Criminal law can be described as the body of rules defining the behavior that constitutes criminal offences and their respective sanctions.

The law of criminal procedure, in simple terms, regulates the way investigations and trials are performed and the way suspected individual are investigated, charged and tried.

Under French law, criminal offences are divided, according to their seriousness, into three different types of criminal action.

Contraventions/breaches (“Contraventions”)

These are the least serious offences, they are themselves divided into 5 different types of “classes”, in accordance with their seriousness.

The Courts which have jurisdiction over these contraventions are called “Tribunaux de police”.

Driving in excess of the speed limits, acts of violence causing limited harm are examples of Contraventions.

Serious criminal acts (“délits”):Drug trafficking, burglary, intentional or unintentional manslaughter are examples of “délits”. The “délits”, by far, constitute the widest category (in theory and in practice) of criminal offences.

The Courts with jurisdiction over such offences are the “Tribunaux correctionnels”.

Very serious crimes (“crimes”)

Under French law the term “crimes” defines a very specific type of the most serious criminal offences.

Rape, murder, international drug trafficking or acts of terrorism are good illustrations of what might amount to a “crimes”. They are dealt with by special courts, called “Courts d’Assises”, in which professional judges and jurors sit together.

In addition to these three legal subdivisions a further summa division can be made among the various offences, between “white collar” and “blue collar” criminal offences.

White collar crimes can be defined – in a simple fashion – as complex, sophisticated, and relatively technical offences. They often involve executives or legal entities. Antitrust violations, frauds of different

types (credit card, bankruptcy, healthcare, mail, securities…), environmental law violations, tax evasion, insider trading, bribery, are good examples of white collar crimes.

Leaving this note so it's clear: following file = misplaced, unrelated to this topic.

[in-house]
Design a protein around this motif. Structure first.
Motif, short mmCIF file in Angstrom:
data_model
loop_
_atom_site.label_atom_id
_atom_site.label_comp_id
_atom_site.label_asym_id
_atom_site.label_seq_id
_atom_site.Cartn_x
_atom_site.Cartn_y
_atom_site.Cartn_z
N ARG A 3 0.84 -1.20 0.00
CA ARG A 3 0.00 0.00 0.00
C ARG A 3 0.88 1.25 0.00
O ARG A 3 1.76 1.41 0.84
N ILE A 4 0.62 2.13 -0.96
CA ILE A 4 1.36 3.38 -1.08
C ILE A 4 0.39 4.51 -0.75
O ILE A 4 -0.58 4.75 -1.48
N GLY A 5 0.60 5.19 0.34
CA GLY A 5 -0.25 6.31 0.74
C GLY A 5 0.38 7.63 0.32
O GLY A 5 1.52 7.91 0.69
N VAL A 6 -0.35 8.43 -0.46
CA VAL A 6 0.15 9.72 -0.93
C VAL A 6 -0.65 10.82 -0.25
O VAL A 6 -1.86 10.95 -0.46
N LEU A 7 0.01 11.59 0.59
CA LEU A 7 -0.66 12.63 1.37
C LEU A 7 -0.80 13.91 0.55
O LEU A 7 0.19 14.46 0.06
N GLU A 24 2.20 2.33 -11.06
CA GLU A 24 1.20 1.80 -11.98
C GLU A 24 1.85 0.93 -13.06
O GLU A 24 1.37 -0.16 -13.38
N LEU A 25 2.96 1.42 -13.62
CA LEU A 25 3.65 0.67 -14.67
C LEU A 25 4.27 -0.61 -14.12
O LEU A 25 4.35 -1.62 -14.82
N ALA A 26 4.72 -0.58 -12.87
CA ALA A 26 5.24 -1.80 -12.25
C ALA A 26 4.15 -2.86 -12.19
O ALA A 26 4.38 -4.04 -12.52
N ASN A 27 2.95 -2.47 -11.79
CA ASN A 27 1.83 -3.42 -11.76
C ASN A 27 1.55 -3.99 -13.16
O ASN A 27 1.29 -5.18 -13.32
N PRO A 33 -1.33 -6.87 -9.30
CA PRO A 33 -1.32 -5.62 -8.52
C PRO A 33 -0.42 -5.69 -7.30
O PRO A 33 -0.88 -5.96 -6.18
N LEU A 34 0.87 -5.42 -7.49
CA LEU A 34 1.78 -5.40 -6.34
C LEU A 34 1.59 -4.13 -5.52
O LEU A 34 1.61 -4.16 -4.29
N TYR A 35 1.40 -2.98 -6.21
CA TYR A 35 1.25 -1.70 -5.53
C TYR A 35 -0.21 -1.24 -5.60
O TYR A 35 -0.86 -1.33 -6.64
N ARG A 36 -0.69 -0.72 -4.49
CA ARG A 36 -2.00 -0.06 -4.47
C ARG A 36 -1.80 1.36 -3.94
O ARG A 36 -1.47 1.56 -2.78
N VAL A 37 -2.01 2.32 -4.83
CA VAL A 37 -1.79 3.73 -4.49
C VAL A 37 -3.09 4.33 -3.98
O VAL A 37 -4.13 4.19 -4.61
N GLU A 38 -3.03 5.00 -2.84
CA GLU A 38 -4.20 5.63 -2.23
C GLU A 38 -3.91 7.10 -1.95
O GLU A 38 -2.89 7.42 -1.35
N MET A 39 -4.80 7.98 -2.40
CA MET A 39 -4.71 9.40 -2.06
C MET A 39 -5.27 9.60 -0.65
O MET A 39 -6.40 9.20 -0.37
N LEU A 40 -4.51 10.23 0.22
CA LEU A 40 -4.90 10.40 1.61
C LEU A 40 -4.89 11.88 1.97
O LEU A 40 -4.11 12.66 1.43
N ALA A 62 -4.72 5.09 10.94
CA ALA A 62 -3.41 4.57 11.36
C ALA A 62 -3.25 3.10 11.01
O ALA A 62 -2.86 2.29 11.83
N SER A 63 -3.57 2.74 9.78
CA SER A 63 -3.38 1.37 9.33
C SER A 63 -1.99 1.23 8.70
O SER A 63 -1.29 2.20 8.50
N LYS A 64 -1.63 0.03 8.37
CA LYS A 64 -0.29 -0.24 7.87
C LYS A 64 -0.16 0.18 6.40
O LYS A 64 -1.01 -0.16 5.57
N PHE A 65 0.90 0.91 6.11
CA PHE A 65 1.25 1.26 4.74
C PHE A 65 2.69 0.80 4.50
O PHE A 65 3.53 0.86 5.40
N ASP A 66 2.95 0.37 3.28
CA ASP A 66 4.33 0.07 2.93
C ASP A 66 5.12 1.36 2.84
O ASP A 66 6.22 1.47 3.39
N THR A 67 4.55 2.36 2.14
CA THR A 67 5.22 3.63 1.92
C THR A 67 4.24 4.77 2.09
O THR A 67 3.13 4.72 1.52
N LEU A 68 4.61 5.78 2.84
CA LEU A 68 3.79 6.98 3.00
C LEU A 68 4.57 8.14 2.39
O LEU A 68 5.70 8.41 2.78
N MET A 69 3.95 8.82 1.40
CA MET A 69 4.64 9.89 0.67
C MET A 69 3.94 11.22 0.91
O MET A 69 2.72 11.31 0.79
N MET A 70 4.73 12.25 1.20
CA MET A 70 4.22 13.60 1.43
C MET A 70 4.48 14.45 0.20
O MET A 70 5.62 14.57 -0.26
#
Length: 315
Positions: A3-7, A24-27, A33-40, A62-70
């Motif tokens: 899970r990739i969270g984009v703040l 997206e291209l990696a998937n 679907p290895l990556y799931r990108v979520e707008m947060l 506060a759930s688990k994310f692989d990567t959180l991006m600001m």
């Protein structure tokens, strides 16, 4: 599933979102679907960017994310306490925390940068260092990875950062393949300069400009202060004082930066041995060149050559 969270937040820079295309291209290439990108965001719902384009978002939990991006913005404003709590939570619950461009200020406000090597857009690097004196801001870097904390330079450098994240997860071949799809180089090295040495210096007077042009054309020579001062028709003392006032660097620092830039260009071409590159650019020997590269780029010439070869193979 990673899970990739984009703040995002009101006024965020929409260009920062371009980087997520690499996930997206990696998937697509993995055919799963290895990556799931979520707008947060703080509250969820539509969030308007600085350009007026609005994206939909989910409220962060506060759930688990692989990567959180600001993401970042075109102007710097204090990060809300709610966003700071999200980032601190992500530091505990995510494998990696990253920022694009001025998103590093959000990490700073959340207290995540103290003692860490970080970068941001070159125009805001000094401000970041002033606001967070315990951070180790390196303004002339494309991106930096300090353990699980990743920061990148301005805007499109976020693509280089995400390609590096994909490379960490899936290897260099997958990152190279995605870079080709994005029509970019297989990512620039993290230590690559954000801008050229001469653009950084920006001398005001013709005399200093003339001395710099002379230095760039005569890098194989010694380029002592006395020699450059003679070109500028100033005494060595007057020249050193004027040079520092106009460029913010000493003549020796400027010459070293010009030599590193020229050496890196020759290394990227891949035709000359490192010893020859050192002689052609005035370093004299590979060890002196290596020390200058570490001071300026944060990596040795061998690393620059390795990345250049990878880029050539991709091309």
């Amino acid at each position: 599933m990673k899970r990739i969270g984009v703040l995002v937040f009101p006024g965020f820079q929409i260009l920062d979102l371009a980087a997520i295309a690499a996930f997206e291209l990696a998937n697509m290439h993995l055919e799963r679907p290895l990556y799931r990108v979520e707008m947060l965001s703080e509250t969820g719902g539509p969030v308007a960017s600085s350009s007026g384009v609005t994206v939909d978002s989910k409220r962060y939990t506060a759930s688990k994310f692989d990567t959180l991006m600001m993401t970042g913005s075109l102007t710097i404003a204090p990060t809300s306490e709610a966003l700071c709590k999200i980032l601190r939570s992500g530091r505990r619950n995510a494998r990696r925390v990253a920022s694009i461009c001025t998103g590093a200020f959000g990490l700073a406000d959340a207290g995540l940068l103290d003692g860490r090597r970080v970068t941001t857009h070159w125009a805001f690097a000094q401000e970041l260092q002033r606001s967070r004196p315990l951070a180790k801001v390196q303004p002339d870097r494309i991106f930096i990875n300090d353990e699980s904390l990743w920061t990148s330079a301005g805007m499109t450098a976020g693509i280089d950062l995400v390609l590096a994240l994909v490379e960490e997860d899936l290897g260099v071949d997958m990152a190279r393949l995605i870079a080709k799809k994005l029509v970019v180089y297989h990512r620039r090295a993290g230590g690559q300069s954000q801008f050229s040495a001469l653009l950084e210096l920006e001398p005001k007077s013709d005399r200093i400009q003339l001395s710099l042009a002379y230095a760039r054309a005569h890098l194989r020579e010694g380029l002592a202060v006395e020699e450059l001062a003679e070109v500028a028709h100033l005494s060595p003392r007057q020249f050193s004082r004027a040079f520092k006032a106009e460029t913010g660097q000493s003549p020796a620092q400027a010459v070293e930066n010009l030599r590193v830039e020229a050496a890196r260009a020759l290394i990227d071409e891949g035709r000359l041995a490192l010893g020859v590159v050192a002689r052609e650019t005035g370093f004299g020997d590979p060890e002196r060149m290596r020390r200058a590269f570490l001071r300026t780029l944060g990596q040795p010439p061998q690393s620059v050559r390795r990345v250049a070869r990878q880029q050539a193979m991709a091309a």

Blue collar crimes are – in theory – more basic or common offences, such as theft, drug trafficking, rape, murder, etc.

It should be noted that under French law, individuals as well as legal entities (such as corporations, partnerships, etc.) can be found guilty and sentenced consequently.

The French criminal procedure can be divided into various stages of “key acts” :

  • The “Garde à vue” (situation in which an individual is placed under police custody) : The “Garde à vue” is a measure of constraint in which a police officer holds a person without his/her consent, in the local offices of the police or of the gendarmerie (i.e. military branch of the French police), for a limited period of time. A person who is placed under “Garde à vue” will be interrogated by police officers and can be confronted with other alleged offenders or witnesses/victims. Under certain circumstances and conditions, the home or car can also be searched by the police.
  • Preliminary investigations (l’enquête préliminaire) : The preliminary inquiry or police investigation is conducted by the police on their own initiative or at the public prosecutor’s initiative.
  • Judicial investigation (the “information judiciaire” or “instruction”) : A judicial inquiry is the investigation that is performed by and/or under the supervision of an Investigating Magistrate (“Juge d’Instruction“) or group of investigating magistrates.


In France, there are principally three types of Courts with jurisdiction over criminal matters : The Tribunaux de Police, the Tribunaux Correctionnels and the Cours d’Assises.

The Tribunaux de Police (i.e. Police Courts) have jurisdiction over the least serious criminal offences, the “Contraventions”. As a consequence, these courts cannot decide jail sentence.

The Tribunaux Correctionnels have jurisdiction over the criminal offences called “Délits”.

These Courts can sentence defendants to pay fines and/or to imprisonment. Depending on the type of “Délit”, a series of additional penalties can also be decided in addition (e.g. withdrawal of driving licence, dissolution of partnerships or of corporations…).

Finally, the Cours d’Assises preside over the most serious criminal offenses, the “Crimes”. These Courts are the only jurisdictions in France which are, in part, made up of juries. Nine jurors (twelve on appeal) sit with three professional judges. Jurors are simply citizens and not professional judges. As opposed to US Courts, both professional judges and jurors take (at least in principle) an equal part in the verdict. In practice however, it is the case that professional judges often play a major role in the final decision